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static Member Variables

We noticed that each object has a separate set of data member variables in memory. The member functions are created only once and all objects share the functions. No separate copy of function of each object is created in the memory like data member variables.

It is possible to create common member variables like function using the static keyword. Once a data member variable is declared as static, only one copy of that member is created for the whole class. The static is a keyword that is used to preserve the value of a variable. When a variable is declared as static it is initialized to zero. A static function or data element is only recognized inside the scope of the present compile.

In earlier version of Turbo C++, it was not necessary to explicitly define static data members. It was linkers’ responsibility to find undefined static data. The linker would implicitly define the static data and allocate the required memory without showing error message. In new versions of Turbo C++, it is necessary to explicitly define static members.


If a local variable is declared with static keyword, it preserves the last value of the variable. A static data item is helpful when all the objects of the class should share a common data. The static data variable is accessible within the class, but its value remains in the memory throughout the whole program (Figure).

static members in memory

The class and scope of the static member variable is defined outside the class declaration as per the statement (a). The reasons are as follows:

  1. The static data members are associated with the class and not with any object.
  2. The static data members are stored individually rather than an element of an object.
  3. The static data member variable must be initialized otherwise the linker will generate an error.
  4. The memory for static data is allocated only once.
  5. Only one copy of static member variable is created for the whole class for any number of objects. All the objects have common static data member.

8.14 Write a program to declare static data member. Display the value of static data member

Explanation: In the above program, the class number has one static data variable c. The count() is a member functions’ increment value of static member variable c by one when called. The statement int number::c=0 initializes the static member with 0. It is also possible to initialize the static data members with other values. In the function main() a, b, and c are three objects of class number. Each object calls the function count(). At each call to the function count(), the variable c gets incremented and the cout statement displays the value of the variable c. The objects a, b, and c share the same copy of static data member c.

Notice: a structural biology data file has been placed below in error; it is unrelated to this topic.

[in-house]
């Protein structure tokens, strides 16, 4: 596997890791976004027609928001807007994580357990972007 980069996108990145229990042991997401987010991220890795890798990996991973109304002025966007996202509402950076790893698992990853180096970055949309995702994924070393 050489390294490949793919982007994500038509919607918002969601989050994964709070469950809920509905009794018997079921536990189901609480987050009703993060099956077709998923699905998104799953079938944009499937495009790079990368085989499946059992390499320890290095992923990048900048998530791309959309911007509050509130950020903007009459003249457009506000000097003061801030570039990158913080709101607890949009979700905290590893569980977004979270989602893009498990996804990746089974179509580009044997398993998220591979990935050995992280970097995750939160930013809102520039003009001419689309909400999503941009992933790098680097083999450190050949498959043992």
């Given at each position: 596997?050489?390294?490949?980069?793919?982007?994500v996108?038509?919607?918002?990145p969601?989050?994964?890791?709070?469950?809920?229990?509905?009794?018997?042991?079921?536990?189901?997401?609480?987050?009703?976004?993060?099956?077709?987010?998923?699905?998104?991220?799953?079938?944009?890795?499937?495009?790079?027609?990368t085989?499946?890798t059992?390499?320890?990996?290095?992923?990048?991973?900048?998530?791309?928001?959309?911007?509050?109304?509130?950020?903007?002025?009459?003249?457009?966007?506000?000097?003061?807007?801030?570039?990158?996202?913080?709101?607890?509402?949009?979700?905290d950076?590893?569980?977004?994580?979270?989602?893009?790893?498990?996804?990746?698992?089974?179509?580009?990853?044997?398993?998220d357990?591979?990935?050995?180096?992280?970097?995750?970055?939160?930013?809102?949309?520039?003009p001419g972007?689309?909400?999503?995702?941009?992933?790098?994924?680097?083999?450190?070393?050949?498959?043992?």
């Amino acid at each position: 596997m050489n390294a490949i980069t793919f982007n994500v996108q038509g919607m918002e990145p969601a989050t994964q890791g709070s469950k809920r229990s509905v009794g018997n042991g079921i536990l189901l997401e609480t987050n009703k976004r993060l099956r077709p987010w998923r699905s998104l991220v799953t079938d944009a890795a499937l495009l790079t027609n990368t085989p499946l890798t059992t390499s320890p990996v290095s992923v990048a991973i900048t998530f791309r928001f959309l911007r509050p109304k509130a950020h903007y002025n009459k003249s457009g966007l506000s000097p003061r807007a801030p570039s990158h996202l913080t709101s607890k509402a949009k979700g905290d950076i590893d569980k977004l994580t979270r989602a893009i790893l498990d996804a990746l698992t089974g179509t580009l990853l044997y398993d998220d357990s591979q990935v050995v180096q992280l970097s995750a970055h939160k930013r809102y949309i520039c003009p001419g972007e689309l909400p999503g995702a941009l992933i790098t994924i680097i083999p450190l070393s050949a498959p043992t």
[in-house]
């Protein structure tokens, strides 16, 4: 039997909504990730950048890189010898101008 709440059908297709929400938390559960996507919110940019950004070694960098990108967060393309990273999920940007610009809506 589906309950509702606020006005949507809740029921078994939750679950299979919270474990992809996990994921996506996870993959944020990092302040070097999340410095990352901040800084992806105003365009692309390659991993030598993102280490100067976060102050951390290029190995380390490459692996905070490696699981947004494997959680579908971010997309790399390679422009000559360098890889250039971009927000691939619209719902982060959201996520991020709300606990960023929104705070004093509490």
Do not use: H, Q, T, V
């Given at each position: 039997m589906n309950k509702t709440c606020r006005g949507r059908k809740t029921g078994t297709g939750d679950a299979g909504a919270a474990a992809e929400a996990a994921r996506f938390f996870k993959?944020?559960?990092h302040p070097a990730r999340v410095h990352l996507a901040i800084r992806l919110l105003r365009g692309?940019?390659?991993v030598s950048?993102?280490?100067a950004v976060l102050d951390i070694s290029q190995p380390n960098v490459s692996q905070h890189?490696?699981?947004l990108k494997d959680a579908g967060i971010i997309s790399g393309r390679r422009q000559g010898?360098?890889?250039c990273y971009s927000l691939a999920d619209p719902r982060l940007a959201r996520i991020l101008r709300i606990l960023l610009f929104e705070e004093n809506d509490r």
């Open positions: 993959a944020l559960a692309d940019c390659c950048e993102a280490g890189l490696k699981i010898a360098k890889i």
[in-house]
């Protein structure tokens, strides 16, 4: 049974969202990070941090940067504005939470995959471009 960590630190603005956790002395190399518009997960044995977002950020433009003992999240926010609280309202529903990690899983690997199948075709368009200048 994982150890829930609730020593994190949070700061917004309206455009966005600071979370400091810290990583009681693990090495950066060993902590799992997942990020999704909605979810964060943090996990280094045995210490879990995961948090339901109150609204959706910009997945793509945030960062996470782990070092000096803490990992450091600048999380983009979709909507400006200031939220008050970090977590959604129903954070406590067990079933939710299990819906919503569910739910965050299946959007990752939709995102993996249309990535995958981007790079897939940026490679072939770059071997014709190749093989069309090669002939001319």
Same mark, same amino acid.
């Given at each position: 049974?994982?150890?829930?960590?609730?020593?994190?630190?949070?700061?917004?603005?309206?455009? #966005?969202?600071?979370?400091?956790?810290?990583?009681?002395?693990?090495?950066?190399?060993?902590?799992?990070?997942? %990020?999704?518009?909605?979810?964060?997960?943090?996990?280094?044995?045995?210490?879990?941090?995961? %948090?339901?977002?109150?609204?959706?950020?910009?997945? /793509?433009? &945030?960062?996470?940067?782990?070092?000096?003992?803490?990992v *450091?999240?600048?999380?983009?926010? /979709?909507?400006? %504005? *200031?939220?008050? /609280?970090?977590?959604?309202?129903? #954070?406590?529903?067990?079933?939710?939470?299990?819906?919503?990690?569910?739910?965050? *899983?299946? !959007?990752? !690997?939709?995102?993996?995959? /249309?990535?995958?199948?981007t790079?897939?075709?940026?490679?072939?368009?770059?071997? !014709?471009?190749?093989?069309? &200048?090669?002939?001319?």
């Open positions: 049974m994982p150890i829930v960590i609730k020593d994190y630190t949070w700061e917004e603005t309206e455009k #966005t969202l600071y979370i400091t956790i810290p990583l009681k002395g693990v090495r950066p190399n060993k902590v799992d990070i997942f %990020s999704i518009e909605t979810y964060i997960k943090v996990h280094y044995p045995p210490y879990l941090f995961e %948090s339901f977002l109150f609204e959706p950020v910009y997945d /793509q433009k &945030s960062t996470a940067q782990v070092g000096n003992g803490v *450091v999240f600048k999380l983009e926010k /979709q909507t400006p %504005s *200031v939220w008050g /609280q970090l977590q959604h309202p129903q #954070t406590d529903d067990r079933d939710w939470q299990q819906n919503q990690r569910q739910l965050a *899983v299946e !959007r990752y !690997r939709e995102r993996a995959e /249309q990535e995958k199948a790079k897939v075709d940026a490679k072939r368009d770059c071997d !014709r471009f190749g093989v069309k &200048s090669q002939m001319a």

8.15 Write a program to show the difference between static and non-static member variables.

Explanation: This program compares between static and non-static member variables. The class number has two member variables c and k. The variable c is declared as static and k as normal variable. The function zero() is used to initialize the variable k with zero. The static member variable c is initialized with zero as follows:

int number::c=0; // initialization of static member variable

The function count() is used to increment values of c and k. In function main(), A, B, and C are objects of class number. The function zero() is invoked three times by object A, B, and C. Each object has its own copy of variable k, and, hence, each object invokes the function zero() to initialize its copy of k. The static member variable c is common among the object A, B, and C. Hence, it is initialized only once. Figure shows the object and member variables in memory.


static and non-static members

8.16 Write a program to enter a number. Count the total number of digits from 0 to 9 occurring from 1 to entered number.


Explanation: In the above program, the class digit is declared with one static array member num[10] and four member functions check(), show(), input(), and ini(). The function input() reads an integer through the keyboard. The entered number is passed to function check(). The function check() is invoked by function input(). The function check() separates individual digits of the entered number using repetitive modular division and division operation. The separated digits are counted and the count value is stored in the array num[10] according to the element number. The function show() displays the contents of array num[]. The function ini() is declared and when called initializes all array elements with zero. In case the array is not declared as static, this function is useful. Here, in this program the array is static, hence we initialized it with the statement int digit::num[]={0,0,0,0,0,0,0,0,0,0}. If this statement is removed, we need to call the function ini().

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